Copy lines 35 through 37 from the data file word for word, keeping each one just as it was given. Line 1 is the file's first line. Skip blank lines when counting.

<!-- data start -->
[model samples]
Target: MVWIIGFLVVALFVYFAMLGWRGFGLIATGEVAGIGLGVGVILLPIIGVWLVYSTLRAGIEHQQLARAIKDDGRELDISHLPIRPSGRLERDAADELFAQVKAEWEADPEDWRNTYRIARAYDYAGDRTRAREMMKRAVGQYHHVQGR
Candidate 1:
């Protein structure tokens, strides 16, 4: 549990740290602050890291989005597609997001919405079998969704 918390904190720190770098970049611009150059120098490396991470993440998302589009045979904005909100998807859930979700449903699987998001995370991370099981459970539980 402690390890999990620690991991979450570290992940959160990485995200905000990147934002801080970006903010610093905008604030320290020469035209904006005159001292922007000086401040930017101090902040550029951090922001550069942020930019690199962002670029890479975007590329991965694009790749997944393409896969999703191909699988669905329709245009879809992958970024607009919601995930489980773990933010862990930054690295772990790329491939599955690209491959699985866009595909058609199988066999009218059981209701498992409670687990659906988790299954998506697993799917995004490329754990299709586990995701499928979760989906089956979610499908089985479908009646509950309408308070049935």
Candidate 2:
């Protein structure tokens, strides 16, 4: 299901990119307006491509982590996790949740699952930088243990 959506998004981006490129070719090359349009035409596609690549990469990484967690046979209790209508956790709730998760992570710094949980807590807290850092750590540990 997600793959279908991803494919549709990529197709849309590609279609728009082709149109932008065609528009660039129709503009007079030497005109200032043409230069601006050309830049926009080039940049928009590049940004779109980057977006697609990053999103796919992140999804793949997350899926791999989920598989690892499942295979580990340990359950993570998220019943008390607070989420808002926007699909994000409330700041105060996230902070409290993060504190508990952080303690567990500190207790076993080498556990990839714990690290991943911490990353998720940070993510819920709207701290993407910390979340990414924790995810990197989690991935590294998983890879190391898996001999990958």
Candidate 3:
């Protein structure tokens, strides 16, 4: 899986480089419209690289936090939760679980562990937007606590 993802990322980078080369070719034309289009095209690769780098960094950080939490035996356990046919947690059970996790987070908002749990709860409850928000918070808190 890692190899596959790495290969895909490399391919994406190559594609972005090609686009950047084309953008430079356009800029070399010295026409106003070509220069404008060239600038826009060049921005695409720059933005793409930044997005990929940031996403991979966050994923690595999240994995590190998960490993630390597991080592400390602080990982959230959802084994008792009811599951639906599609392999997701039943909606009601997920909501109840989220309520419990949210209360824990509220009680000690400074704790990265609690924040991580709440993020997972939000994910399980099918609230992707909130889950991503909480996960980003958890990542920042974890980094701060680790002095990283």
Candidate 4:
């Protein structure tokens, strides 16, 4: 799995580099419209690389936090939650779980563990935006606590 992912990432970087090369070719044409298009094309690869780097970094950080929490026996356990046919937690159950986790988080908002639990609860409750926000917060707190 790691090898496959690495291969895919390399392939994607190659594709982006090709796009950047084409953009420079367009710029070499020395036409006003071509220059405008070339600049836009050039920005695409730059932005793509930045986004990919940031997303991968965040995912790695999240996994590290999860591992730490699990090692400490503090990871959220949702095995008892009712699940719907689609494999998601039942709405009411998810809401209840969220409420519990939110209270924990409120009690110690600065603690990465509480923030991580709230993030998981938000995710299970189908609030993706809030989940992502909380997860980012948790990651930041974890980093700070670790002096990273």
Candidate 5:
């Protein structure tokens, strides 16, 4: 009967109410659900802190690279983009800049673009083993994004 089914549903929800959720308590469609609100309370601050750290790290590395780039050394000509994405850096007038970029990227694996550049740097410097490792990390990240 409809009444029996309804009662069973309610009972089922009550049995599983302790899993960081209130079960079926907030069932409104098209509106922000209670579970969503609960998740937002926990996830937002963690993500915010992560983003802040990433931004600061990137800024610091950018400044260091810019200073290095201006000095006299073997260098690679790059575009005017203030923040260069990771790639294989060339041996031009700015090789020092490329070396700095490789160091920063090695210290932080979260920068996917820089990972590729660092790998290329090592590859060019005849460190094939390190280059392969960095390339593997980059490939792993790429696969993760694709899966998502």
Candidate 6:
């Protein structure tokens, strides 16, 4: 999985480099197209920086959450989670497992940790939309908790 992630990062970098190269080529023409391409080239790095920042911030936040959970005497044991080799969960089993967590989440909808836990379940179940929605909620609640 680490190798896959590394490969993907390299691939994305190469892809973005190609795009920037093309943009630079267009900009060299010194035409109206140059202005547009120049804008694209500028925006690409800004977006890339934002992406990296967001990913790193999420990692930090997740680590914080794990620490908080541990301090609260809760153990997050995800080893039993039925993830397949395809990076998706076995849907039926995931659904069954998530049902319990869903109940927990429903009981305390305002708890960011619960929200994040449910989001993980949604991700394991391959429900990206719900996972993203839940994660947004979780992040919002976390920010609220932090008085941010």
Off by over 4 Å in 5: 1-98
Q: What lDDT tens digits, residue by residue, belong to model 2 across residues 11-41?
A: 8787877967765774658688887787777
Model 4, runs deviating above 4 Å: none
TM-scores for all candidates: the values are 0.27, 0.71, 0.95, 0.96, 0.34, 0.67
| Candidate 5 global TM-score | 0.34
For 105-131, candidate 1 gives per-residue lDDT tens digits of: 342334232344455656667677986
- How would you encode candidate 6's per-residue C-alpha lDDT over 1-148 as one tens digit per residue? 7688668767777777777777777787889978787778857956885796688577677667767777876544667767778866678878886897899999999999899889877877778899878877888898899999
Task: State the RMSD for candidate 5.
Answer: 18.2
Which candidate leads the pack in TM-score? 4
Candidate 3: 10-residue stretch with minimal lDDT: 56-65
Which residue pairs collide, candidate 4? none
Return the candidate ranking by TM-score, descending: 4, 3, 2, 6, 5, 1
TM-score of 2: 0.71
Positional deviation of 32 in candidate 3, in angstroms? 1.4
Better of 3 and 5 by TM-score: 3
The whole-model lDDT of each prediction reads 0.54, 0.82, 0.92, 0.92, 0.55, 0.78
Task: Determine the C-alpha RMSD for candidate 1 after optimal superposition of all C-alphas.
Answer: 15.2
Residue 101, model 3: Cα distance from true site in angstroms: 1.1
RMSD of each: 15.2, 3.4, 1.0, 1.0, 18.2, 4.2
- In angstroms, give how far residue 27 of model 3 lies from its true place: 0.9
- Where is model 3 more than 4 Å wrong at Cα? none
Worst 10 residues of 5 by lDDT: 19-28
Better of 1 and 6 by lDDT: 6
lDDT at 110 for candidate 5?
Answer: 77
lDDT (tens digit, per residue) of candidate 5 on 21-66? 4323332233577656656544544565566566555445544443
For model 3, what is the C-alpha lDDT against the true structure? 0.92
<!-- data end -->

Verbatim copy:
Residue 101, model 3: Cα distance from true site in angstroms: 1.1
RMSD of each: 15.2, 3.4, 1.0, 1.0, 18.2, 4.2
- In angstroms, give how far residue 27 of model 3 lies from its true place: 0.9